Economy
Corona situation
Schools

Trumps wig






Mental health
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Alienated.
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(Original post by ArtmisKco)
Definitely true. The govts main problems are in order of importance:
Brexit
Presidential elections
Economy
Corona situation
Schools

Trumps wig






Mental health
Haha more like:
Everything else

























































Mental Health :lol:
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Scotney
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(Original post by Anonymous)
Sorry for any spelling errors or incomplete words, I haven’t slept lmao.
So sorry this happened but some people just do not know how

(Original post by Anonymous)
I can’t speak for every school, or every teacher with my school for that matter, but I’m slightly irritated right now. Last Wednesday, I spoke to my A-Level teacher and asked for support because I came to the school in Year 12 (Year 13 now), but still feel like it’s alien to me, so I opened up about exam anxiety since I’m applying to Oxford and think it may be a mistake, my mum’s cancer (she’s recovered, but she has to undergo another operation and I’m worried it will happen all over again), my lack of friends and, as a result, my loneliness. I ended up crying in front of him which surprised me because I’ve never cried in front of someone for years, not even my own family. Anyway, he said he’d contact the pastoral team at our school straight away and that I deserve support, so I left feeling reassured.
I know it hasn’t even been a week, but either he contacted the team and they haven’t responded, or he forgot himself. The ‘team’ is actually my head of sixth form and the UCAS support teacher, who I’ve reached out to before and received hardly any support from.
Yes, before you ask, I’ve tried private counselling which I’m so grateful for, but unfortunately I had to cancel the appointment due to a classmate contracting coronavirus, so they said it could take up to a month.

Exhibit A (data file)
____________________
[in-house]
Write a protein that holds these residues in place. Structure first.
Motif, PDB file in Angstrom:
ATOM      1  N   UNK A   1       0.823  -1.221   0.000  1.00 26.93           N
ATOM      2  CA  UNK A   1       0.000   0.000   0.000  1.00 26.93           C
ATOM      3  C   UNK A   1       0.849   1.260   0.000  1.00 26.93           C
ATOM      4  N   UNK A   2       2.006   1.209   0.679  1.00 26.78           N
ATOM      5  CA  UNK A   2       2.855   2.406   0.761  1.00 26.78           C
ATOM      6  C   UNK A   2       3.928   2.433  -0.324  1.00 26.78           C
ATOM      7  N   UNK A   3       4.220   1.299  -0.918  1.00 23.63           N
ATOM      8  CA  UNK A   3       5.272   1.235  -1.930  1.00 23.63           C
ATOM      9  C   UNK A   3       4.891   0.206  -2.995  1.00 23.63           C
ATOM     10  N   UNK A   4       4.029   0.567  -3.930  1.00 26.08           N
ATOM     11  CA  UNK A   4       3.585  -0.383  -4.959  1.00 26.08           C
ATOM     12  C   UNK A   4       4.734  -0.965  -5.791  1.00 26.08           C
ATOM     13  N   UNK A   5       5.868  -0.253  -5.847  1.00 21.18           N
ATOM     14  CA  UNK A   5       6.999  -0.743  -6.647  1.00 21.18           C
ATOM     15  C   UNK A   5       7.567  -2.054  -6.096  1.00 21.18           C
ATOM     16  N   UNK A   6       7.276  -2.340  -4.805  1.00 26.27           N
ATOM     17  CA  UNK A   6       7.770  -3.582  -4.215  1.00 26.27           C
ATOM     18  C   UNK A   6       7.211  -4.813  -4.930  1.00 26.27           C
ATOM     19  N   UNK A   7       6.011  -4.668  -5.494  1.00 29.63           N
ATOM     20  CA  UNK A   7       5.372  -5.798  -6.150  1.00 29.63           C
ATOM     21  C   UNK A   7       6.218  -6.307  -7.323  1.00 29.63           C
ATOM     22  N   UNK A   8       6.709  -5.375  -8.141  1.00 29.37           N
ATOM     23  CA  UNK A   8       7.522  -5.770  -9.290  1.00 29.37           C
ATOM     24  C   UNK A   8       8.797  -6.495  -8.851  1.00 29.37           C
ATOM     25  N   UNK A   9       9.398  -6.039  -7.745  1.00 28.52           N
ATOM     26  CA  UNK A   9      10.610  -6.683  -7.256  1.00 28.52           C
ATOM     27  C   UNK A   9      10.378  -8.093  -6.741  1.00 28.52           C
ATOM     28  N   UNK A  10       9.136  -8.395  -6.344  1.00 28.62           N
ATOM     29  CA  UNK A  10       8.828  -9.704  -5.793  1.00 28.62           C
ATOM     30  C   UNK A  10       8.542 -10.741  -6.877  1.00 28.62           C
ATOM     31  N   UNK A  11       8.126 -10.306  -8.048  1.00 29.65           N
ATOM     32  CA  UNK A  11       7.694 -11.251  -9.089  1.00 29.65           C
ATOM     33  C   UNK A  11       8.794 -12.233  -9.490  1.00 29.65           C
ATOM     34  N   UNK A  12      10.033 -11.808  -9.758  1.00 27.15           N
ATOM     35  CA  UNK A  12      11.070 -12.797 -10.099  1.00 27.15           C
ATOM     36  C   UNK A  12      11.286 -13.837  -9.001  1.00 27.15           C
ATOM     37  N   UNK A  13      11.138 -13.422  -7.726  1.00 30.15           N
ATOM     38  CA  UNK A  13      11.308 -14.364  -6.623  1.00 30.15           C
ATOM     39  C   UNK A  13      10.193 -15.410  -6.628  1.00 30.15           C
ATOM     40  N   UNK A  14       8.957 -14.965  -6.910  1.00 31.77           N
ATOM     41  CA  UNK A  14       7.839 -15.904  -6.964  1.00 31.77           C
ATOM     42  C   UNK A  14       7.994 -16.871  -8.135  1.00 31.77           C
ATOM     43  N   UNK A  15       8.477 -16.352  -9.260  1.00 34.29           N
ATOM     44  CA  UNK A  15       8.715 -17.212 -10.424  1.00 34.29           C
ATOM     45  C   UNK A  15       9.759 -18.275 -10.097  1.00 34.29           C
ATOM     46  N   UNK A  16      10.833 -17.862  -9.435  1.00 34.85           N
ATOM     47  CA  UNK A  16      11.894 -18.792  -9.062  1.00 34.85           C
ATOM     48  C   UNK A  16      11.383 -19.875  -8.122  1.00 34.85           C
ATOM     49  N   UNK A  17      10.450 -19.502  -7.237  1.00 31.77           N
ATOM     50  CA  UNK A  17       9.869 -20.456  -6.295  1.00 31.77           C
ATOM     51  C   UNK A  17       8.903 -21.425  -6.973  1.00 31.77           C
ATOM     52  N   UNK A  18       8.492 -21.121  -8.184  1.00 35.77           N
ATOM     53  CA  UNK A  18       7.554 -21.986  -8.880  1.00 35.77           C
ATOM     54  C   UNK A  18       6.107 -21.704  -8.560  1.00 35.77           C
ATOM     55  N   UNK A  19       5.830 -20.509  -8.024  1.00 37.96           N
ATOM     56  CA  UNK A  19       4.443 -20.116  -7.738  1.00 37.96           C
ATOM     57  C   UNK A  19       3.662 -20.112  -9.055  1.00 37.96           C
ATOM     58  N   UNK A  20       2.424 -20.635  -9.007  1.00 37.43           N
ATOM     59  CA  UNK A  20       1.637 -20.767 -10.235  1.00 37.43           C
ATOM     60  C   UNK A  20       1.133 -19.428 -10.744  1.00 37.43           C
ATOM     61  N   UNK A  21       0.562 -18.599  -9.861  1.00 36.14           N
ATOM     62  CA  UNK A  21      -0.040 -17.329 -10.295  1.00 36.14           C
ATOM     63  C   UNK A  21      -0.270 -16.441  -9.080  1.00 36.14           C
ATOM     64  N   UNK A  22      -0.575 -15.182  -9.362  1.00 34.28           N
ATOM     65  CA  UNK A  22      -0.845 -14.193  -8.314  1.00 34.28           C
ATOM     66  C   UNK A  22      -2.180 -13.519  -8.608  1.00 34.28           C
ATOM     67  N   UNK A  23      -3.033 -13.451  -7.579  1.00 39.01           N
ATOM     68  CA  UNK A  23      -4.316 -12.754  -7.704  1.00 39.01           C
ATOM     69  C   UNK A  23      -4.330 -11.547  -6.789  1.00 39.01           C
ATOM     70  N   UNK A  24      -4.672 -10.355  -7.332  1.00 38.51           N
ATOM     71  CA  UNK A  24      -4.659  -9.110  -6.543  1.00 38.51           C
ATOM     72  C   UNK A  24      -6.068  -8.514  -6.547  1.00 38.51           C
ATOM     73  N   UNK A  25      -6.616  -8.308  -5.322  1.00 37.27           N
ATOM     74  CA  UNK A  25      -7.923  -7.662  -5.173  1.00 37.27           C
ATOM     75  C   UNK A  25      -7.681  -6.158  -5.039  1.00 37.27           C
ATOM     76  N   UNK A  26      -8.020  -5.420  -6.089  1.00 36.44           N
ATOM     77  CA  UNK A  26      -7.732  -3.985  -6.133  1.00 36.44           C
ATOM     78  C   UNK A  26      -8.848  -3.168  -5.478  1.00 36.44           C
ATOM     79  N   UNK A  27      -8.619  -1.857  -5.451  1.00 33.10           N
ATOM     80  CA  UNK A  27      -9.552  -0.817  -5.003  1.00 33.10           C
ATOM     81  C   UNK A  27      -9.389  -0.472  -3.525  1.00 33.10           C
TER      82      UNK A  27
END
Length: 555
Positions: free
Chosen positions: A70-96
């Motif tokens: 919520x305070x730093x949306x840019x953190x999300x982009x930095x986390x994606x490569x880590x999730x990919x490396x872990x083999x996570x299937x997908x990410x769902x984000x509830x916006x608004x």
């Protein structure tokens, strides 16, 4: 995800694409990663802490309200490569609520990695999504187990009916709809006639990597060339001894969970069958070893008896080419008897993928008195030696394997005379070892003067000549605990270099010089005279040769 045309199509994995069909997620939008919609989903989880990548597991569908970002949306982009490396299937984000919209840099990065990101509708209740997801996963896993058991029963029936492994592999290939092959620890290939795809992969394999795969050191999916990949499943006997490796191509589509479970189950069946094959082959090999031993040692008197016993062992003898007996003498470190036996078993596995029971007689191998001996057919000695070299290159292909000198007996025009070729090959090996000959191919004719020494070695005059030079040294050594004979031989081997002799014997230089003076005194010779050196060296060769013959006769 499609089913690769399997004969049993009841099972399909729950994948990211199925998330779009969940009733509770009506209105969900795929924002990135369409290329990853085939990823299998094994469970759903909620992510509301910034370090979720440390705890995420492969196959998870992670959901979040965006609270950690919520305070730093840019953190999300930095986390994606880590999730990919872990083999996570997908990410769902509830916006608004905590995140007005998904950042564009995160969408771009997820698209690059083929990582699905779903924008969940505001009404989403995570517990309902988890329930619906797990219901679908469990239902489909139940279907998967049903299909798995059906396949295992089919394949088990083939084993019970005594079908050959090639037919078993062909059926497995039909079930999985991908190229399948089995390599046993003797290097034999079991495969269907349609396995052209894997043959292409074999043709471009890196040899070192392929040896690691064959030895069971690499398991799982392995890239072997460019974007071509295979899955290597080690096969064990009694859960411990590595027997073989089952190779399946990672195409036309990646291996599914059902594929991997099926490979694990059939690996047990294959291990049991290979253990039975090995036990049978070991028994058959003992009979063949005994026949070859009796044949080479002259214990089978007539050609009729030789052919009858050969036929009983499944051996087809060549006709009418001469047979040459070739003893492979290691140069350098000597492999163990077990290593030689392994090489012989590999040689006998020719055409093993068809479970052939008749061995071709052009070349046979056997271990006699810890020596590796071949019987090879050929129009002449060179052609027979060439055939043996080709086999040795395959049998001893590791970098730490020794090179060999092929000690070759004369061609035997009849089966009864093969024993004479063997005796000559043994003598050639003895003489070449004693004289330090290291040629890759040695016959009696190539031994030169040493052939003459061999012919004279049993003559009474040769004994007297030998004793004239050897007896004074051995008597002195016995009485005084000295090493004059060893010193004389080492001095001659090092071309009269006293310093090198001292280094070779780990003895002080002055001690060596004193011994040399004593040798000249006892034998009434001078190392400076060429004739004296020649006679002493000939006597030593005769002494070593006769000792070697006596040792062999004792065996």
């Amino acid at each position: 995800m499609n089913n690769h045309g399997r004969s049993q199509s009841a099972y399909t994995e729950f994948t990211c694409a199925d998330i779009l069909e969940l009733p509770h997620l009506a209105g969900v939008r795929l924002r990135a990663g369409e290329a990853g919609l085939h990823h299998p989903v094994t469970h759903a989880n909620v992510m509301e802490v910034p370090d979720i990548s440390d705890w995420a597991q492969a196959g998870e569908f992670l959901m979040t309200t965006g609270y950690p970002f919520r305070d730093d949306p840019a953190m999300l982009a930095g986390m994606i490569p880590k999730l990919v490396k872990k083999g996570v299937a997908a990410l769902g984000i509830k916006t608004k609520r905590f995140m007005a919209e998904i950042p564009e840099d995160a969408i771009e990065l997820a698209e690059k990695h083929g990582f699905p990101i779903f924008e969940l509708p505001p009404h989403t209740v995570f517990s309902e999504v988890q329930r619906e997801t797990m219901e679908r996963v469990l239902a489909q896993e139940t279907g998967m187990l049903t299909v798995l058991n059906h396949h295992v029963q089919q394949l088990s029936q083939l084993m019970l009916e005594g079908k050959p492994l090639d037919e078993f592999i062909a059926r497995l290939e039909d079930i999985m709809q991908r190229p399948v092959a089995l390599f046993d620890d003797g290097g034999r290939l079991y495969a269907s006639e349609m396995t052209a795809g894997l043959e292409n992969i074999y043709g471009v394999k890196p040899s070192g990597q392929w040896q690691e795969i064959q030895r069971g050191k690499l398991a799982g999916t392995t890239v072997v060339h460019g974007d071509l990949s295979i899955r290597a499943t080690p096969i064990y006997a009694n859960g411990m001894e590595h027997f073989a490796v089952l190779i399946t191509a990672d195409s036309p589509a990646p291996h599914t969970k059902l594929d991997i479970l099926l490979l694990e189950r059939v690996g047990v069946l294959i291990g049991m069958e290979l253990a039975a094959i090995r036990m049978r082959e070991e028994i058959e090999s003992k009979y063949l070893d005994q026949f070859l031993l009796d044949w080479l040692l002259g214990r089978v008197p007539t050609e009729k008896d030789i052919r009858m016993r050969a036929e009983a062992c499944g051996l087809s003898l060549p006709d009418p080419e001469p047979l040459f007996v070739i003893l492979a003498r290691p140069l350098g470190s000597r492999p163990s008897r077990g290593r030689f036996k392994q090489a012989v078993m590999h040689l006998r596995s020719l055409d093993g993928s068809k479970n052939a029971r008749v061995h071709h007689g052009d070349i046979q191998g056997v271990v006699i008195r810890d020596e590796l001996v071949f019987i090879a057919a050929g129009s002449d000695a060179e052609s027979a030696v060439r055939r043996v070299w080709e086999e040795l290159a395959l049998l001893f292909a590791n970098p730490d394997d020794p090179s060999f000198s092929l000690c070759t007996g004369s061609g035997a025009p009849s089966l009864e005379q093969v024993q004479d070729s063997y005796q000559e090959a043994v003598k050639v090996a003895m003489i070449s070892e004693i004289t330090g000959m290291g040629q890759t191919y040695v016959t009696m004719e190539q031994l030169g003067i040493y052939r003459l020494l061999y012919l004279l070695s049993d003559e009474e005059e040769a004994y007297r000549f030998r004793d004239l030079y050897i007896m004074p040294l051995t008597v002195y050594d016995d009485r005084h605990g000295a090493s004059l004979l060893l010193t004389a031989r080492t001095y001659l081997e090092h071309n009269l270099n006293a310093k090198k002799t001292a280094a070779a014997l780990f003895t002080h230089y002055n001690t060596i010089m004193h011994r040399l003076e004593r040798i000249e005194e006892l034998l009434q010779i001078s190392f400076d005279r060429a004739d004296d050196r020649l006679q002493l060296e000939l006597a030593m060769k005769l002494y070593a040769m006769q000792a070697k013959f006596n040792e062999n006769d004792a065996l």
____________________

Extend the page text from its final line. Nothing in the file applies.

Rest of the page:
I guess it’s just a matter of playing the waiting game, but I’ve lost trust in all of the teachers there now and just want to get through these exams and say au revoir.
So sorry this has happened to you but looks like this guy like many people just cannot or does not know how to deal with someone in distress. I wonder if your private counsellor would consider doing your sessions by zoom instead of in person.
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Anonymous #3
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Report 4 weeks ago
#8
(Original post by Anonymous)
I can’t speak for every school, or every teacher with my school for that matter, but I’m slightly irritated right now. Last Wednesday, I spoke to my A-Level teacher and asked for support because I came to the school in Year 12 (Year 13 now), but still feel like it’s alien to me, so I opened up about exam anxiety since I’m applying to Oxford and think it may be a mistake, my mum’s cancer (she’s recovered, but she has to undergo another operation and I’m worried it will happen all over again), my lack of friends and, as a result, my loneliness. I ended up crying in front of him which surprised me because I’ve never cried in front of someone for years, not even my own family. Anyway, he said he’d contact the pastoral team at our school straight away and that I deserve support, so I left feeling reassured.
I know it hasn’t even been a week, but either he contacted the team and they haven’t responded, or he forgot himself. The ‘team’ is actually my head of sixth form and the UCAS support teacher, who I’ve reached out to before and received hardly any support from.
Yes, before you ask, I’ve tried private counselling which I’m so grateful for, but unfortunately I had to cancel the appointment due to a classmate contracting coronavirus, so they said it could take up to a month.
I guess it’s just a matter of playing the waiting game, but I’ve lost trust in all of the teachers there now and just want to get through these exams and say au revoir.
You have posted this before.

The support will not materialise overnight. You are not the only person in your school who is struggling. If you think your teacher has forgotten, go back an speak to him again next week, or get in tough with the support team yourself. I think it's a bit harsh to accuse you teacher of not trying to help when it has literally been 2 work days since you spoke to him.